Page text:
"The market requires that independents have brand-new to one-or-two-year-old cars," says Mickey Vergillo, the owner of Seattle's Ace Extra Car Discount Rentals. "Ours have very low mileage. And we usually sell them before they reach 30,000 miles. Of course, you don't have quite the selection or the high-end cars you do with the major brands."
The owners of both Bay and Ace Extra say they take pride in offering good customer service. "We have three operators on the phones 24 hours a day, seven days a week. We just had a woman call to say she had broken a key in the car door lock," Vergillo explains. "I paid to have it fixed. It cost me $204 and it was a $230 rental. So I lost money on that one."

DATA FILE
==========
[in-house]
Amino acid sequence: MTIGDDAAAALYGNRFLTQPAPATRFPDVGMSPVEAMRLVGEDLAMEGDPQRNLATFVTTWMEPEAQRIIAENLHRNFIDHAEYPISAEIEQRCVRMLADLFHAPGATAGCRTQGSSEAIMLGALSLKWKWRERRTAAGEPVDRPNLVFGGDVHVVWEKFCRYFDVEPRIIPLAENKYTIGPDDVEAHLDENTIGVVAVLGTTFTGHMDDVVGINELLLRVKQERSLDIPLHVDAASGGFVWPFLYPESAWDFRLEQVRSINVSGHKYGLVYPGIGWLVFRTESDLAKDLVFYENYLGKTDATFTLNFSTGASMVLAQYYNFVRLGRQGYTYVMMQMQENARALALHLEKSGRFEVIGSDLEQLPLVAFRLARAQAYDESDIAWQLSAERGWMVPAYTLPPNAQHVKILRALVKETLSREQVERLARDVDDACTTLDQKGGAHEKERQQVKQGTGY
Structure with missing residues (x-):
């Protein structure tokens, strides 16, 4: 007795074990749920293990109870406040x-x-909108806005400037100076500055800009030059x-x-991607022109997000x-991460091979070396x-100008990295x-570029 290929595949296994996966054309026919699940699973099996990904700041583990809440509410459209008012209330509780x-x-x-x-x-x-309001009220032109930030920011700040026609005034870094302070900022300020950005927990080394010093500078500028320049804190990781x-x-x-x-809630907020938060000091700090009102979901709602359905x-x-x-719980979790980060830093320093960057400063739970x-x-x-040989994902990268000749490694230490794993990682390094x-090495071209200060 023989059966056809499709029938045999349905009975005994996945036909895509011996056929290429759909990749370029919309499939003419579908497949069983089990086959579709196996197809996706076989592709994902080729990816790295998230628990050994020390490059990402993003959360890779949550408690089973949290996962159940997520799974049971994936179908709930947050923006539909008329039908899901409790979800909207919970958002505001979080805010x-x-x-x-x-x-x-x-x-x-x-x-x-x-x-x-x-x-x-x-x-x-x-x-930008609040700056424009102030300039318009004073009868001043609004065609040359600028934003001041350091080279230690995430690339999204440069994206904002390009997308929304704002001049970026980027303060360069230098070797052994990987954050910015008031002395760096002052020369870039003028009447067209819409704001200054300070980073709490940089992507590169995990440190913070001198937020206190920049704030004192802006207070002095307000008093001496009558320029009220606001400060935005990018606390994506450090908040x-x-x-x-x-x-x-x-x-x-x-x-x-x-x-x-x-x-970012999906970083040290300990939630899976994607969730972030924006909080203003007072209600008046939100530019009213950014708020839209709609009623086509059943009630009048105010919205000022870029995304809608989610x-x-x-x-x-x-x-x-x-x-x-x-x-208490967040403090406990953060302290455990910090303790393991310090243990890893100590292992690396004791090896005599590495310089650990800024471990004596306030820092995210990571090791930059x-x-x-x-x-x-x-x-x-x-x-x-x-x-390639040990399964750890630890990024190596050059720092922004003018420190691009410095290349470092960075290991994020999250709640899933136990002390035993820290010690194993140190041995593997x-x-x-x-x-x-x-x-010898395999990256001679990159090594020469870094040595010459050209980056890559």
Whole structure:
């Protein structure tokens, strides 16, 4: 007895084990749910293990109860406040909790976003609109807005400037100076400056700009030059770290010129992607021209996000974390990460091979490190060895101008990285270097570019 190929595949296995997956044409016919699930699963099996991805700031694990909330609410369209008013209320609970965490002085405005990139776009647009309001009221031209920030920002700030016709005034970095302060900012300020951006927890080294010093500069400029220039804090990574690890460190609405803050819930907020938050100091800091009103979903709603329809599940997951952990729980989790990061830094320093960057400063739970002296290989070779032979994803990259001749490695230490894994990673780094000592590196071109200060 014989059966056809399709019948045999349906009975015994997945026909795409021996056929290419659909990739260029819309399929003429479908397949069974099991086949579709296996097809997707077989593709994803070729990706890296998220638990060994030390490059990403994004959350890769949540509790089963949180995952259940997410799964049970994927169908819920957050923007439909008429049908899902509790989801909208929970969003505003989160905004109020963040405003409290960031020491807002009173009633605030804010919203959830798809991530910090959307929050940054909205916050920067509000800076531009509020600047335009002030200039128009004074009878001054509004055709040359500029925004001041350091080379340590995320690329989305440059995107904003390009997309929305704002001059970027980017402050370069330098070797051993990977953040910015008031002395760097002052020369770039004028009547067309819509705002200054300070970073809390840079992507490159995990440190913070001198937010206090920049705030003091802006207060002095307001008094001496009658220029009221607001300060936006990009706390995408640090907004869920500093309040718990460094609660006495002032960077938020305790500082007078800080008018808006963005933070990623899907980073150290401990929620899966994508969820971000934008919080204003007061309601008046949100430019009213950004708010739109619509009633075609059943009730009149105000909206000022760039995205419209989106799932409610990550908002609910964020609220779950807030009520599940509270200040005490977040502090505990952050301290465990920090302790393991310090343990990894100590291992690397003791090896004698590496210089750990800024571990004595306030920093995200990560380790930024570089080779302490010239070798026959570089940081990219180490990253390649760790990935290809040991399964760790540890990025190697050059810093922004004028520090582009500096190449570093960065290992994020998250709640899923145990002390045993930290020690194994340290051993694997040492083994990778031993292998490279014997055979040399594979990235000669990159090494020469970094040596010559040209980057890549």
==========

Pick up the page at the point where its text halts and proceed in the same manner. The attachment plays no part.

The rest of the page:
With small fleets, the no-names operate much closer than large companies to the edge of financial disaster. "A few bad incidents with rentals can put them out of business, or even a lawsuit. They're gone," points out Abrams, the consultant. "The smaller you are, the more protective you have to be of your assets."
For consumers, that protectiveness means a few more restrictions at the no-names. The most frequent of them is distance limitations. In an example typical (but not universal) among no-names, Bay Auto Rental allows customers to take its cars only a limited distance from Fort Lauderdale - as far south as the Florida Keys and as far north as Orlando, with 200 free miles a day. Those who go beyond these limits pay a steep price: 25: a mile. Then, of course, there's the issue of one-way rentals, which are out of the question with single-location no-names. Finally, there are plenty of horror stories about people who got stuck with lemons after they left the rental lots - which can happen to anyone who doesn't exercise a bit of caution.